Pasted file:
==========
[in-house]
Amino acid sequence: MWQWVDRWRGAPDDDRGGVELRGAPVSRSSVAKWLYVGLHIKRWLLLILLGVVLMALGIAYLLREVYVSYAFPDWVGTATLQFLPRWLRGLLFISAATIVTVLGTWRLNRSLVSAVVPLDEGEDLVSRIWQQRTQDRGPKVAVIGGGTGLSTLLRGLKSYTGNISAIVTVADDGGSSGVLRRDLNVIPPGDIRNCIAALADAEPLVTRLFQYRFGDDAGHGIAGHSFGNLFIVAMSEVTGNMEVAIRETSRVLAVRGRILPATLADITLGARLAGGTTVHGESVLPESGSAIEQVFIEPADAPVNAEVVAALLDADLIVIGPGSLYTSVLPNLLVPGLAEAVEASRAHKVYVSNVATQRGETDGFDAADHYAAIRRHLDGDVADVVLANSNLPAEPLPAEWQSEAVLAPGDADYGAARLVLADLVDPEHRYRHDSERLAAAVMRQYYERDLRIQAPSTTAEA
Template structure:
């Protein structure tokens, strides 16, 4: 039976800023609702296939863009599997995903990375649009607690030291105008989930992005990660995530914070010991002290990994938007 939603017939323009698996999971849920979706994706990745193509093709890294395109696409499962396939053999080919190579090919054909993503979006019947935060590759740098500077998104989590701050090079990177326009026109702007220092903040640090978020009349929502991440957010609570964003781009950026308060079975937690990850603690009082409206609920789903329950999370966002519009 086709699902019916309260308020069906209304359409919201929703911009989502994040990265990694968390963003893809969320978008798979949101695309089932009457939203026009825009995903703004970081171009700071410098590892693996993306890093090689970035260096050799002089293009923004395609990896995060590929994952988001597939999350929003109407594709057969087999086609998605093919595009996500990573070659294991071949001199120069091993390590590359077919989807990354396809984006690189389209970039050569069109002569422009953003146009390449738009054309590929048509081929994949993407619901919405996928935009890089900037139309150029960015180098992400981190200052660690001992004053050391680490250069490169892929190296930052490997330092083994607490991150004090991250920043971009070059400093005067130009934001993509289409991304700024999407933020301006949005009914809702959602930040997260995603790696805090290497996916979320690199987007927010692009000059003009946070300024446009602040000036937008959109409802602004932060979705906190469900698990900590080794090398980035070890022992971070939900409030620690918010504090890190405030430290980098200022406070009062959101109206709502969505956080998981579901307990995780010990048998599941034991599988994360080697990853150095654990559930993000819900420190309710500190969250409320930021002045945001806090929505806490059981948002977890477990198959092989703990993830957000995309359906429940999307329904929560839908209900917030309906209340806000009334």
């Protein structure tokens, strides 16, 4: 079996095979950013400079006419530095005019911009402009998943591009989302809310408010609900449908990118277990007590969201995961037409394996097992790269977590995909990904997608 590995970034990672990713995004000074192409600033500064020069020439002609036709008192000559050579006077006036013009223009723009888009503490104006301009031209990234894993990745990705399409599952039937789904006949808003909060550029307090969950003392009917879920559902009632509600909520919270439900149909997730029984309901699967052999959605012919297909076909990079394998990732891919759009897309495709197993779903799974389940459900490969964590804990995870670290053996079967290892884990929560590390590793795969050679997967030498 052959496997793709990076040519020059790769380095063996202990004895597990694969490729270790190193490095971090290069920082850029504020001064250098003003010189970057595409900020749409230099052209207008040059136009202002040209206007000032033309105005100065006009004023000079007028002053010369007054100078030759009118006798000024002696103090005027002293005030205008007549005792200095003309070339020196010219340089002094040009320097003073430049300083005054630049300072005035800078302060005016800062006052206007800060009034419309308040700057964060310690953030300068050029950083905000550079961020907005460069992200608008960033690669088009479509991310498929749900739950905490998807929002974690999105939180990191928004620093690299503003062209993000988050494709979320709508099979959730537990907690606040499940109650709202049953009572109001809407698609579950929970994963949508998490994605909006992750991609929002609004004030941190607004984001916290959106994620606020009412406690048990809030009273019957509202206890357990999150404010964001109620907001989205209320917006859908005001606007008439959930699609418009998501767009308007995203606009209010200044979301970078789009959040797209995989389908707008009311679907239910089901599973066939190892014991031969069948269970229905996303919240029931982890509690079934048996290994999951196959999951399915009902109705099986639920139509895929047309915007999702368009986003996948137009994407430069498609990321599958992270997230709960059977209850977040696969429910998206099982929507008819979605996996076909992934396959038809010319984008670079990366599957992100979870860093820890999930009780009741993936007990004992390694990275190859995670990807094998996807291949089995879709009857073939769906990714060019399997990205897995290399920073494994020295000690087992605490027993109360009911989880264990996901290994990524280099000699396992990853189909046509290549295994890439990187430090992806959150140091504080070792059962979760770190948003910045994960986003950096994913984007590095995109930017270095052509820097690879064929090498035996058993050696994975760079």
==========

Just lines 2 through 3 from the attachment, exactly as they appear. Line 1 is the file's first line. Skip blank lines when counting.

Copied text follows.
Amino acid sequence: MWQWVDRWRGAPDDDRGGVELRGAPVSRSSVAKWLYVGLHIKRWLLLILLGVVLMALGIAYLLREVYVSYAFPDWVGTATLQFLPRWLRGLLFISAATIVTVLGTWRLNRSLVSAVVPLDEGEDLVSRIWQQRTQDRGPKVAVIGGGTGLSTLLRGLKSYTGNISAIVTVADDGGSSGVLRRDLNVIPPGDIRNCIAALADAEPLVTRLFQYRFGDDAGHGIAGHSFGNLFIVAMSEVTGNMEVAIRETSRVLAVRGRILPATLADITLGARLAGGTTVHGESVLPESGSAIEQVFIEPADAPVNAEVVAALLDADLIVIGPGSLYTSVLPNLLVPGLAEAVEASRAHKVYVSNVATQRGETDGFDAADHYAAIRRHLDGDVADVVLANSNLPAEPLPAEWQSEAVLAPGDADYGAARLVLADLVDPEHRYRHDSERLAAAVMRQYYERDLRIQAPSTTAEA
Template structure: